64816
62570
29789
54990
18611
86367
25651
26113
74014
09013
38358
63863
23235
80703
43834
43092
35275
90183
76036
12918

35970
76554
72152
05607
73144
16553
86064
00033
33310
97403
16489
68876
80644
29891
91903
42627
36152
39782
13442
78662
45349
05174
92520
51202
26123
85205
71899
47348
21216
83325
99447
64708
07832
22478
11951
35071
70426
86654
04098
57306
36600
49199
86537

19124
31601
39339
91284
88662
51125
29472
67107
06116
48626
03264
25471
43942
68607
18749
45233
05184
17095
78675
11163
61796
07901
83531
88124
05155
41001
15475
20203
98442
88428
68645
00533
41574
73373
34648
99704
75647
70959
73571
55543
78406
43716
62738

63318
12614
34806
68833
88970
79375
47689
77510
95240
68995
88525
93911
89203
41867
34405
57202
94142
02330
84081
81651
66345
54339
80377
41870
59194
12535
95434
18534
08303
85076
34327
35398
17639
88732
88022
37543
76310
79725
80799
53203
06216
97548
19636

29686
33072
08930
25570
74492
97596
05974
70625
15957
43805
42786
25650
71795
14951
56087
94617
25299
73401
66938
50245
81073
58861
35909
52689
52799
12133
98227
03862
56613
72811
15152
58408
82163
09443
56148
11601
88717
93872
76536
18098
95787
04379
51132

03387
60332
85001
38818
51805
16296
52468
28725
16572
33386
05269
12682
99533
91696
82790
23772
84387
00275
93654
34971
49106
74818
81250
51275
28225
14645
21824
78095
91511
22717
55230
13261
60859
82558
34925
35503
37890
28117
71255
47625
42579
46370
25739

59846
92325
87820
46920
99378
66092
16834
34191
06004
21597
92532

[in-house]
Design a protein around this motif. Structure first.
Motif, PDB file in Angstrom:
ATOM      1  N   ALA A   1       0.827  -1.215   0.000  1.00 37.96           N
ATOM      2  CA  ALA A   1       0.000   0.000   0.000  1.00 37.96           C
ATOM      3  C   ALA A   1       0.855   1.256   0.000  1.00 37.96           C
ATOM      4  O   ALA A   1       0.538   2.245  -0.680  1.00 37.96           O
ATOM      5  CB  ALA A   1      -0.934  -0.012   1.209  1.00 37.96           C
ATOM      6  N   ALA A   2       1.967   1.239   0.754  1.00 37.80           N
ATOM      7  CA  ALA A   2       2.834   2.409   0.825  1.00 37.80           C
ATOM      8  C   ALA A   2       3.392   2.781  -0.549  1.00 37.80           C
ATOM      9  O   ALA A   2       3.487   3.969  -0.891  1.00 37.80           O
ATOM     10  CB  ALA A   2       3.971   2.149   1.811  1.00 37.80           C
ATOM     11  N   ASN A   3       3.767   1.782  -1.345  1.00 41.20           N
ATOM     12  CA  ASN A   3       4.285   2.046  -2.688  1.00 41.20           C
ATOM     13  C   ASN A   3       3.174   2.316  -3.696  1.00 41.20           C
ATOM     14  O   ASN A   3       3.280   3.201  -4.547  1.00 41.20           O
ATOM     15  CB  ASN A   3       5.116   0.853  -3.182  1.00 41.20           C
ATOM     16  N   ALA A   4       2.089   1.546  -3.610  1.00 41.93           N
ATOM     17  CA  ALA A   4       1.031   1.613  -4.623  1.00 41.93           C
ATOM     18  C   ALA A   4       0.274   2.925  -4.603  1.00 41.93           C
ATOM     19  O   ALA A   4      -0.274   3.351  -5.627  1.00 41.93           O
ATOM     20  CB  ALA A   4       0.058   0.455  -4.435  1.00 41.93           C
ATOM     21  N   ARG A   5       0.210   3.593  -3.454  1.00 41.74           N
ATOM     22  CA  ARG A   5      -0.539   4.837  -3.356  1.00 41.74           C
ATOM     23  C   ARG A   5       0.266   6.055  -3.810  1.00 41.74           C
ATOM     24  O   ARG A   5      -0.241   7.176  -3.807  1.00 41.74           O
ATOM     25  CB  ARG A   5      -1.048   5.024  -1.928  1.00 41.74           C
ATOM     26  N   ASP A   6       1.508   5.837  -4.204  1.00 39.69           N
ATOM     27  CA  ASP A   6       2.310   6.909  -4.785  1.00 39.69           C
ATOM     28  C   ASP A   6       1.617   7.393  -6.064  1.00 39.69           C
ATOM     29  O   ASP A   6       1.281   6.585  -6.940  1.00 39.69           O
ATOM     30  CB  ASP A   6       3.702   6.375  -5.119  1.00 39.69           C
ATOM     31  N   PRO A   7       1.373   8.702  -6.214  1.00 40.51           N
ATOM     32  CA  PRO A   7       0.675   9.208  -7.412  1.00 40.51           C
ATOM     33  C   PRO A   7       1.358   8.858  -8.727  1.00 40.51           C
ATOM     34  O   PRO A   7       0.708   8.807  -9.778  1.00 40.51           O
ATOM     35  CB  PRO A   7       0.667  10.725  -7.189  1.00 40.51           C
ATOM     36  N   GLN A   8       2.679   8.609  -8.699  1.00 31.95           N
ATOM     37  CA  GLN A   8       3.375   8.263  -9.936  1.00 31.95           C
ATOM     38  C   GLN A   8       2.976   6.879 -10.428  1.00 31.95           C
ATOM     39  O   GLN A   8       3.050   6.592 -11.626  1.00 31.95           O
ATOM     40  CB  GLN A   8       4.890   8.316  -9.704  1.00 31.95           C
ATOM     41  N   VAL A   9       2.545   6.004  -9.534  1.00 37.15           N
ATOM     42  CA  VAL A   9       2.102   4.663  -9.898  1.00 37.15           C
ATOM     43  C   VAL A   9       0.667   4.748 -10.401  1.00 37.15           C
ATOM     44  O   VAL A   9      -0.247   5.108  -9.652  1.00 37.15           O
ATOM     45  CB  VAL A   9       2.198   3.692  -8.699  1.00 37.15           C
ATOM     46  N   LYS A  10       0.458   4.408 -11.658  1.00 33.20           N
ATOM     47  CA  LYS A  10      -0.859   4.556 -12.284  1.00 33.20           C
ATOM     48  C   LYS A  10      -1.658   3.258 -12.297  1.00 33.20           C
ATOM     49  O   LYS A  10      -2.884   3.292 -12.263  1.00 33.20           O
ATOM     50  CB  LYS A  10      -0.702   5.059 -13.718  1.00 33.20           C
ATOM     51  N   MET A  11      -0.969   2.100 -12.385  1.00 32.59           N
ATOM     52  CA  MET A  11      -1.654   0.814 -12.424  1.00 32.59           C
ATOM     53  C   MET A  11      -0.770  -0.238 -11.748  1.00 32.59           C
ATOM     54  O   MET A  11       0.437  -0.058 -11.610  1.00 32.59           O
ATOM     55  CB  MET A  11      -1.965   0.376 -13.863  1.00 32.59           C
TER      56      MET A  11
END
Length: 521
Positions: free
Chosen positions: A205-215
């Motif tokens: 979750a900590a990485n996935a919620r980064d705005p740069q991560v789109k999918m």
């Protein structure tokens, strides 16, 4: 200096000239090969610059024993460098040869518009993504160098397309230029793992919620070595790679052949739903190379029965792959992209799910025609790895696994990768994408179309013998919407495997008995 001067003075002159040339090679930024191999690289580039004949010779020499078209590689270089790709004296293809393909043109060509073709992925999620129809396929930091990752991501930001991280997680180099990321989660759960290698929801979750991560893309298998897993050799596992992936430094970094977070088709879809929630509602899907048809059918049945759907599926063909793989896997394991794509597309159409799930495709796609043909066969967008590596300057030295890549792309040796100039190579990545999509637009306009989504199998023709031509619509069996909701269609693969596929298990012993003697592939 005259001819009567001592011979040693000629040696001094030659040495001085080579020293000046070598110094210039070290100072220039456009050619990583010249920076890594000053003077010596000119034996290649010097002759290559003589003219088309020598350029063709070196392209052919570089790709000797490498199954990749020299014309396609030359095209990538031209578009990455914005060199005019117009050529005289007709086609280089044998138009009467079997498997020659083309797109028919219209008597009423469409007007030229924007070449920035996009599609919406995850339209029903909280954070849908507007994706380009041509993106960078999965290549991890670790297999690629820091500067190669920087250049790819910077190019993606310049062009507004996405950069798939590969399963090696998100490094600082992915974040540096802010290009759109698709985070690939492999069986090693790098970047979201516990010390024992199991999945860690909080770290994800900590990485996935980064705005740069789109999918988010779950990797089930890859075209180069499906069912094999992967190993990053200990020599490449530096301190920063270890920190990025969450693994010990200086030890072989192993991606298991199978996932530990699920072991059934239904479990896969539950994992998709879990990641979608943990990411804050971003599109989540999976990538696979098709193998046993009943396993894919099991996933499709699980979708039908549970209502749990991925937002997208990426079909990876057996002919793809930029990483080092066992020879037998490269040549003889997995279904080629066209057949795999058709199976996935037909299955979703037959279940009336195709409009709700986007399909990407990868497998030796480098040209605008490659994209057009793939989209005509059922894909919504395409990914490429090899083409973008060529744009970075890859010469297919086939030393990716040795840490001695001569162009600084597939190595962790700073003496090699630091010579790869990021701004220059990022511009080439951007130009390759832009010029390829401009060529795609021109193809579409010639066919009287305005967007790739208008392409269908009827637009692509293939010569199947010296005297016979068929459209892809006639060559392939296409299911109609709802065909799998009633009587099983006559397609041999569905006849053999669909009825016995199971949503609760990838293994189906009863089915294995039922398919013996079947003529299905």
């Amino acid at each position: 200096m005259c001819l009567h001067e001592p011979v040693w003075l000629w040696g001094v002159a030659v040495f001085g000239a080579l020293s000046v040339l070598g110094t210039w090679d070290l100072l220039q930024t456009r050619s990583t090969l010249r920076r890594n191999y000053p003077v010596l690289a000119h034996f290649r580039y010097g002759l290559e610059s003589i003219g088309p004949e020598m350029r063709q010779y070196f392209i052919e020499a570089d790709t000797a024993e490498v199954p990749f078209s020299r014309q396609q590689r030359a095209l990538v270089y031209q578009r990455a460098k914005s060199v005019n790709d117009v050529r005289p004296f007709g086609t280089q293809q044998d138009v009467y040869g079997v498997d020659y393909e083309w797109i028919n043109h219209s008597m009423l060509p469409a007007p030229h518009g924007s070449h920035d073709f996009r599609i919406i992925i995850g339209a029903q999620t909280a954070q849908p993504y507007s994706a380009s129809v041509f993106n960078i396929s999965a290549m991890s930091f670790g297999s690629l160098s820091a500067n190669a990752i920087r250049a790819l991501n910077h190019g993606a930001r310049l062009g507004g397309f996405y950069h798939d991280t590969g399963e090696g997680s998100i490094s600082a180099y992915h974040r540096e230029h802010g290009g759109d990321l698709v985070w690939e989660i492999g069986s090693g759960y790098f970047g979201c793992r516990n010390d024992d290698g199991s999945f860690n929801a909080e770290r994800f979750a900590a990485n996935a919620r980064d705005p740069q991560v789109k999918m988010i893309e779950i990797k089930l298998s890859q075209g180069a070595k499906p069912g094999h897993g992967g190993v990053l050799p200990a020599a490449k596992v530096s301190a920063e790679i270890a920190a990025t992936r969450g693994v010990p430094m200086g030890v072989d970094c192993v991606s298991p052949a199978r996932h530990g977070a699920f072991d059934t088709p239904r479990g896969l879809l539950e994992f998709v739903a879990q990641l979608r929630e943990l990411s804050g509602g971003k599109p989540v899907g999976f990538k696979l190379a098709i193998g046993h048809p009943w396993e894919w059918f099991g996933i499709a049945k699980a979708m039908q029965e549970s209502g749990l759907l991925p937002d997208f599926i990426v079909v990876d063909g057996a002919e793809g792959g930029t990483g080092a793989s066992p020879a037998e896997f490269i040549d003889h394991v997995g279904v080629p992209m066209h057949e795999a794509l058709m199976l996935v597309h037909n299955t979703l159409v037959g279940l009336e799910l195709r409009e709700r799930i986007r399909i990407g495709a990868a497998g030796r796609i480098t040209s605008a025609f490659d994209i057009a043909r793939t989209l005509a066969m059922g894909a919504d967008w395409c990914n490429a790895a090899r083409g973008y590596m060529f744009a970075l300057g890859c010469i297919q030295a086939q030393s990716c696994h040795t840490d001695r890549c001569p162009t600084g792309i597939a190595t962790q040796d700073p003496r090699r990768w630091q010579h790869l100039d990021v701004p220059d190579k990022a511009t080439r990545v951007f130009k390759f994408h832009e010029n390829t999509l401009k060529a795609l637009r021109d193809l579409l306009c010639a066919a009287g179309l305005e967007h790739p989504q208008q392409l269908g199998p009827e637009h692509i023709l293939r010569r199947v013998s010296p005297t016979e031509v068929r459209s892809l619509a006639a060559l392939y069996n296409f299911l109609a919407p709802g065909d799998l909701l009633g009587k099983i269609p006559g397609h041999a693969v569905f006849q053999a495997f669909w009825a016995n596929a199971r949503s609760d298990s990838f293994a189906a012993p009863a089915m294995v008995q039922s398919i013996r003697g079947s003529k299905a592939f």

73572
50501
85065
70925
07896
34925
48280
59894
52924
79860
46942
54238
83556
85762
23541
19585
50136
75928
50585
93448
47908
75567
05250
57031
85171
40129
19233
64239
88684
90730
28672
56947

X2. NORMAL DISTRIBUTION

X2.1 Articles produced by a manufacturing process are


never identical. Minor variations in the process occur that
affect the characteristics of the articles. Such variations often
occur at random and tend to cancel each other out. Under these
conditions, the articles are quite similar to each other. Less
often, the chance variations do not cancel out as expected and
some articles will differ from the typical. As a result, it often is
the case that most of the articles produced by a controlled
process are closely grouped around an average condition, while
smaller numbers deviate more from the average, and the
greater the deviation the fewer articles there are. Frequently
this distribution of the articles can be closely described by a
mathematical equation which, when plotted, gives the bellshaped curve shown in Fig. X2.1. This is called a normal or
Gaussian distribution.

variation and, thus, of little consequence.

X2.2 Along the horizontal, Xaxis in Fig. X2.1 is plotted the


numerical value of the characteristic that is being considered,
for example, the thickness of the coating. The area beneath the